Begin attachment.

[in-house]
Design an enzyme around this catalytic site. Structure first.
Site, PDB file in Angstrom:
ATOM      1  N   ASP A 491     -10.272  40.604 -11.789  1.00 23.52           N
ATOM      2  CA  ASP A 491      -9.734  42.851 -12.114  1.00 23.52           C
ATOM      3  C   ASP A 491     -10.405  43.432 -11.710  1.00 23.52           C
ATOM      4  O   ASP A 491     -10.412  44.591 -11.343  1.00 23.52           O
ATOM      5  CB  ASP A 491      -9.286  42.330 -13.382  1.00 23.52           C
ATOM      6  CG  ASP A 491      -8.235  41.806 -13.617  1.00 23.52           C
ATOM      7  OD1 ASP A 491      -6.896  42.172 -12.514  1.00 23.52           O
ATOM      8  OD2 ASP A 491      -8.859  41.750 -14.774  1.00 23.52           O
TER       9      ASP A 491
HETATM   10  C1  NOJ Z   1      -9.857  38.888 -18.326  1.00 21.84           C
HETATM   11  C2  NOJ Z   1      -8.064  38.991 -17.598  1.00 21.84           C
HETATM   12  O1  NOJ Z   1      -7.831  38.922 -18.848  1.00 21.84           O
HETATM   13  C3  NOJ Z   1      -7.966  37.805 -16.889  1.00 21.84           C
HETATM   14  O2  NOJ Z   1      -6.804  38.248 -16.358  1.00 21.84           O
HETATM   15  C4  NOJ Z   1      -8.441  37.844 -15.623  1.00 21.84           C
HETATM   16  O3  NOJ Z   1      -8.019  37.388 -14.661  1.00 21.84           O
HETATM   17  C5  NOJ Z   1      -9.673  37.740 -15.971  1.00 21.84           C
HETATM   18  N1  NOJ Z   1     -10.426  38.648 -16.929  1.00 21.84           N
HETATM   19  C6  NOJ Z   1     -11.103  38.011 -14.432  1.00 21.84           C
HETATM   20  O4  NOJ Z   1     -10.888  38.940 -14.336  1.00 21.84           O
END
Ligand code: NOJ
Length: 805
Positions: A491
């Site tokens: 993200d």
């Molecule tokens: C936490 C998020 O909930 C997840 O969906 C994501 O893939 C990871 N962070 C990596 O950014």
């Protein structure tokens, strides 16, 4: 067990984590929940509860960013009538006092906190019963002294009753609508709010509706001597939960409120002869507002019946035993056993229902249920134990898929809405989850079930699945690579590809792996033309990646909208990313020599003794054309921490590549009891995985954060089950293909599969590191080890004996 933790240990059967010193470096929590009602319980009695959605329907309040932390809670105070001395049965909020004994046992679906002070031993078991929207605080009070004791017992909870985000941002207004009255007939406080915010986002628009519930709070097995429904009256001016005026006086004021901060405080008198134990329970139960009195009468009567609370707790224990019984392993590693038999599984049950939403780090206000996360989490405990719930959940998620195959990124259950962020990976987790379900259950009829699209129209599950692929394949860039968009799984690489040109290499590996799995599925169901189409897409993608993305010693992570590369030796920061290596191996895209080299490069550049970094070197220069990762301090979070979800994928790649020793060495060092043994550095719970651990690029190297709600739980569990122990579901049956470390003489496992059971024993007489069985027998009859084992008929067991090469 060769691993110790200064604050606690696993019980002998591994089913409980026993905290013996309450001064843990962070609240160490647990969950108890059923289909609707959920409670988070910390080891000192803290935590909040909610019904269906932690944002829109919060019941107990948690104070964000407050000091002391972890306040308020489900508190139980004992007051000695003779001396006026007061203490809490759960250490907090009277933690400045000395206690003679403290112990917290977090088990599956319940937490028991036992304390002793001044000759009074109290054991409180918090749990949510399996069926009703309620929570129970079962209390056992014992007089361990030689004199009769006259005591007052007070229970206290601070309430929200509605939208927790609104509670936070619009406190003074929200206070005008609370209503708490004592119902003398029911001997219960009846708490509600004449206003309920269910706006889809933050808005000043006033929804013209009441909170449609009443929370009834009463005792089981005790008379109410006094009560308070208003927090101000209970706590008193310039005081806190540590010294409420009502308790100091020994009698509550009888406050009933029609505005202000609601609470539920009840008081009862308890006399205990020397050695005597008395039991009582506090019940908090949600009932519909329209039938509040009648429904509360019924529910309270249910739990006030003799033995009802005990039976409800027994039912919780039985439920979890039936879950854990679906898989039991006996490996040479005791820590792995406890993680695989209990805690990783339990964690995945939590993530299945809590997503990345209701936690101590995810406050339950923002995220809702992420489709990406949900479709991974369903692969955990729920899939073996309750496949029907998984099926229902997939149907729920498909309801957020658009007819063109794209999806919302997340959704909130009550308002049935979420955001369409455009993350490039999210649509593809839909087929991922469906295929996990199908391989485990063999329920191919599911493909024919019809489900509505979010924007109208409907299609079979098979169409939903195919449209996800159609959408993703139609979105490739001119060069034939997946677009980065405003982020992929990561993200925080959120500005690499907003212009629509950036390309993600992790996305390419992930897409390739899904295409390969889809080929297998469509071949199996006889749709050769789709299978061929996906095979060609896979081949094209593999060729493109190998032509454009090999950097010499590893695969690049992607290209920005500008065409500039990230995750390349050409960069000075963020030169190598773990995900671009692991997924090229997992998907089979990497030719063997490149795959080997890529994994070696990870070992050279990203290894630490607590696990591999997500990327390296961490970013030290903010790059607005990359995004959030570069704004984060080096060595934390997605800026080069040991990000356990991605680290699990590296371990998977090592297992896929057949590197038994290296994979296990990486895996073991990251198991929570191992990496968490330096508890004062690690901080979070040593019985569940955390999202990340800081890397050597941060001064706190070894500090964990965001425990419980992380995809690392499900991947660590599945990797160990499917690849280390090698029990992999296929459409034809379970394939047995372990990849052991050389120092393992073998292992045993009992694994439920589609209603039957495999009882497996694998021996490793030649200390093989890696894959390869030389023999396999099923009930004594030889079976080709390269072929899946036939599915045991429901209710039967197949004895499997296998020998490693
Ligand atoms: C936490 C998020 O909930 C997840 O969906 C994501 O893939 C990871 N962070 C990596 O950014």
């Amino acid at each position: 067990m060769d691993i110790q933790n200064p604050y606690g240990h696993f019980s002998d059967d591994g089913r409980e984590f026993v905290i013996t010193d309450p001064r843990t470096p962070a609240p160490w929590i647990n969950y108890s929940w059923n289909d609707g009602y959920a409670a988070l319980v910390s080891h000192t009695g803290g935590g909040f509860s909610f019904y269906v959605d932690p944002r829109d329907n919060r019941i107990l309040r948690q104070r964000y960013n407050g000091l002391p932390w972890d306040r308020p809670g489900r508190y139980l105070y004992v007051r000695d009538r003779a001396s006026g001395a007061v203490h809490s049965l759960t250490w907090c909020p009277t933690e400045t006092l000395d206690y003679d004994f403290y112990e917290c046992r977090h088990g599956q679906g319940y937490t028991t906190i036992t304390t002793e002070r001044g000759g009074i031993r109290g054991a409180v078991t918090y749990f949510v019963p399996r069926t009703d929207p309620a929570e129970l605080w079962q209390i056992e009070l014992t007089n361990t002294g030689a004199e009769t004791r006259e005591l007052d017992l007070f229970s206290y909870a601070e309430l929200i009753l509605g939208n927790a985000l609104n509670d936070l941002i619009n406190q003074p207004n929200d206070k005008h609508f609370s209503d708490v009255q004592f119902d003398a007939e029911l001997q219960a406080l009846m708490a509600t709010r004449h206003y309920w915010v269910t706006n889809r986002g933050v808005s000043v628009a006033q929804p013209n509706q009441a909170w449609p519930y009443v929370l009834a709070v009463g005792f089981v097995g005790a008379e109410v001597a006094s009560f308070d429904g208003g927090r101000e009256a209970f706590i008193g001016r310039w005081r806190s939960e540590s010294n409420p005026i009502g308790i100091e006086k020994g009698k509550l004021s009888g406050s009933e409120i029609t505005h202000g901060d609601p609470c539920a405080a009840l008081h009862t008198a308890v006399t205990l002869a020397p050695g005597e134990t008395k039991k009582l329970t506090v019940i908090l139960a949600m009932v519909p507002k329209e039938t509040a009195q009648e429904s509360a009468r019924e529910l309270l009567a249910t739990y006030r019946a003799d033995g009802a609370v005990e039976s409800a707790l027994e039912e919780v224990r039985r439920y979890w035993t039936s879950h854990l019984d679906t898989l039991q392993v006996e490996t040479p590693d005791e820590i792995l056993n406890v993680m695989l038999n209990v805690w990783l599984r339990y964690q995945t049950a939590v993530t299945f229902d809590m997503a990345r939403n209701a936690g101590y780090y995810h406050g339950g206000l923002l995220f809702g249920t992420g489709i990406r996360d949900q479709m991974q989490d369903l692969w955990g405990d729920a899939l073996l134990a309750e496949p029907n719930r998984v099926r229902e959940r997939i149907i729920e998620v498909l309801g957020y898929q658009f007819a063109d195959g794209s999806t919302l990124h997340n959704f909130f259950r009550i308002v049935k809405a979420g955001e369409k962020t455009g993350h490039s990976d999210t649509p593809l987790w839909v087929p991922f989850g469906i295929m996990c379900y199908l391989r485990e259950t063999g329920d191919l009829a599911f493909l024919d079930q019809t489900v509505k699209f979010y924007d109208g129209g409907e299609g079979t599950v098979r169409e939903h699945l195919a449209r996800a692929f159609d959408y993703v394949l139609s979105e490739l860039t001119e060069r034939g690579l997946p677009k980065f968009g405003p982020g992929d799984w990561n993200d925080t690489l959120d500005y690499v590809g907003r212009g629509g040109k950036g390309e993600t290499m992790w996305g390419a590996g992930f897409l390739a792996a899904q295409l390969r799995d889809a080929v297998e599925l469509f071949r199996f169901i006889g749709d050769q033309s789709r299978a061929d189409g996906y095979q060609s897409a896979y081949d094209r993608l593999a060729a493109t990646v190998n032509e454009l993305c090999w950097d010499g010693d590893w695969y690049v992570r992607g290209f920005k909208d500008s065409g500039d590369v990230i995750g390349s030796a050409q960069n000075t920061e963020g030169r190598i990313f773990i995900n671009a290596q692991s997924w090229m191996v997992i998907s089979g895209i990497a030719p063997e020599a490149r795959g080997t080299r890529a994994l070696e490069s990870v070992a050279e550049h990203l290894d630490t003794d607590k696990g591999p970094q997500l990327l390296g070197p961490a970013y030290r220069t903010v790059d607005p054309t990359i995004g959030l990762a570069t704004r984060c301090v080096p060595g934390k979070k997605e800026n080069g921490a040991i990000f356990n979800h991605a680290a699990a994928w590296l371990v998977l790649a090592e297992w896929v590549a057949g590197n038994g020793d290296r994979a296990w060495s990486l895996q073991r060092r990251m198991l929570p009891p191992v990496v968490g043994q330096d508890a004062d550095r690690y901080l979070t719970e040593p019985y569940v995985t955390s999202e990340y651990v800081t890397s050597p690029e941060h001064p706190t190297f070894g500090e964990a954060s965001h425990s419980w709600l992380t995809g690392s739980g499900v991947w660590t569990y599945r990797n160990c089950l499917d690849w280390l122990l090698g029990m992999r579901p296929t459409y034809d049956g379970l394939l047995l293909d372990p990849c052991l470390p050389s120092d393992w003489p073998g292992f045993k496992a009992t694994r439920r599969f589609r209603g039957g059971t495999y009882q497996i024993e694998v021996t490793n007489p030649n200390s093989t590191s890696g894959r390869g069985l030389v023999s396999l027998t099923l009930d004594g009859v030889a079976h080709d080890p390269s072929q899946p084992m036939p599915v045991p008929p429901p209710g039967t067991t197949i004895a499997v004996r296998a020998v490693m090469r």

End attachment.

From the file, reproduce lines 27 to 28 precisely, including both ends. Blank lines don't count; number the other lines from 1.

Positions: A491
């Site tokens: 993200d």